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  • Writer's pictureSara-Jane Armstrong, MA

A Brief History of the Great Pagoda at Kew Gardens

What is the Great Pagoda?

The Great Pagoda is a 18th-century Chinese style pagoda in Kew Gardens that’s adorned with colourful dragons, and offers excellent views of the capital.

Great Pagoda

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Great Pagoda History

This towering pagoda, completed in 1762 for Princess Augusta, represents one of London’s most impressive examples of Orientalist art. Commissioned to fashion a gift for the princess, who founded the gardens here at Kew, the designer Sir William Chambers gained inspiration on his voyages with the Swedish East India Company.

An agent of a commercial empire, Chambers’s fascination originated in his years of travelling in Asia and studying China’s architectural wonders. Chambers was educated first in Rome, during an era of ‘oriental-mania’, where the city regularly enjoyed highly fashionable festivals devoted to Chinese art and culture. These were thought to have served as the inspiration for many of Chambers’s architectural contributions to London – the idea of the temporary transformation of familiar, classic spaces into foreign, supposedly exotic landscapes.

The Great Pagoda, an East Asian tower in the midst of a classically English garden, embodies this idea.

When it was first constructed, Londoners were not at all convinced that the pagoda could even stand upright. They were utterly perturbed by the strange, otherworldly structure Chambers unveiled. However, East Asia was already becoming a profitable business in the 18th and 19th centuries, and trading of fine arts, bought cheaply in the markets of Hong Kong, was a popular pastime amongst London’s aristocrats.

The commodification of the Orientalist concept of the ‘East’ helped to invigorate and expand the appetites of western imperialism, whilst the era’s art, architecture, literature and scholarship popularised a romanticised vision of a mystic East. It was this notion that facilitated colonial conquest and trade, with China being particularly ravaged for its access to trade networks within East Asia. Later China was exploited as a market, for its vast production of tea.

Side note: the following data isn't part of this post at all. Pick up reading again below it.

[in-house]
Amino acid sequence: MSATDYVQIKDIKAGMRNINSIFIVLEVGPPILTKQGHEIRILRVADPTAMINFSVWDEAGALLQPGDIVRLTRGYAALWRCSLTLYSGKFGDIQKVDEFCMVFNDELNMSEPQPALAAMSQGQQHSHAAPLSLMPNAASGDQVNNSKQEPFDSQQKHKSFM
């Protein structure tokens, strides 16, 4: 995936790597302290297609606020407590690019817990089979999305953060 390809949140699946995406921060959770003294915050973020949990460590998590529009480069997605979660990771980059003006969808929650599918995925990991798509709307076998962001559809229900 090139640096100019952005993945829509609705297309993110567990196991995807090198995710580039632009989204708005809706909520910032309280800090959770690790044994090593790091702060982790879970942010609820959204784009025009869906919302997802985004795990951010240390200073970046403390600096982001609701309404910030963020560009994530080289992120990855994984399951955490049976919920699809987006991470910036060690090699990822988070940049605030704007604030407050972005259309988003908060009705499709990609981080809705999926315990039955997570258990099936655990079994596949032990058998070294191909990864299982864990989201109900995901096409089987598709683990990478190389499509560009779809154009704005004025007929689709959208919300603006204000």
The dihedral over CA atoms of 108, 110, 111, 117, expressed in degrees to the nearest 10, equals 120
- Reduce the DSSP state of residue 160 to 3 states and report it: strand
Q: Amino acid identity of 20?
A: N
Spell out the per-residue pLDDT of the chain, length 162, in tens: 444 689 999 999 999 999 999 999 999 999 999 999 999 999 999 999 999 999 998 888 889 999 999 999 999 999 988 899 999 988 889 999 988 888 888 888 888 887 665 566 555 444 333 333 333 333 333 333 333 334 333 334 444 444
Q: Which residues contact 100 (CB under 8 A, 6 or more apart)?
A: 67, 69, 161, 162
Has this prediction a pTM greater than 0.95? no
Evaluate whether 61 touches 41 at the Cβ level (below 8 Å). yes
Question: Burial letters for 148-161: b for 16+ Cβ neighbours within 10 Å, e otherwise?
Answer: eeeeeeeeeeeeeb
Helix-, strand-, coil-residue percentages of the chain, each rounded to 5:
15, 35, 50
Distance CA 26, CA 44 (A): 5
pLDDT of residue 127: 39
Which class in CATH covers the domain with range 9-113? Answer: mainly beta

16 structures were built as part of the ‘royal circuit’; the Great Pagoda was the largest and most ambitious of them. Each building aimed to represent a style encountered by architects on their colonial expeditions. The spiralling pagoda, in particular, was adorned with 80 writhing dragons. The originals have been lost, speculated to have been a victim of George IV’s gambling habit (but more likely the wood rotted over time), however the decorative dragons were restored in 2018.

Chambers designed a number of Kew Gardens’ other iconic sites, including the Orangery, the Ruined Arch, the Temple of Bellona and the Temple of Aeolus. He also contributed to the design of Somerset House, and the Gold State Coach that is still used for certain royal occasions. Another ‘Orientalist’ building, a residential property in Lewisham, known as the Blackheath Pagoda, that previously served as the summer home of the Duke of Buccleuch, is also attributed to Chambers.

Chambers’s style was not universally liked in the 18th century. Historian and politician Horace Walpole sarcastically commented that ‘we begin to perceive the Tower of Kew from Montpellier Row; in a fortnight you will see it in Yorkshire’. However, the beauty of its design and the impressive views from its peak continue to prove popular with Londoners and tourists alike.

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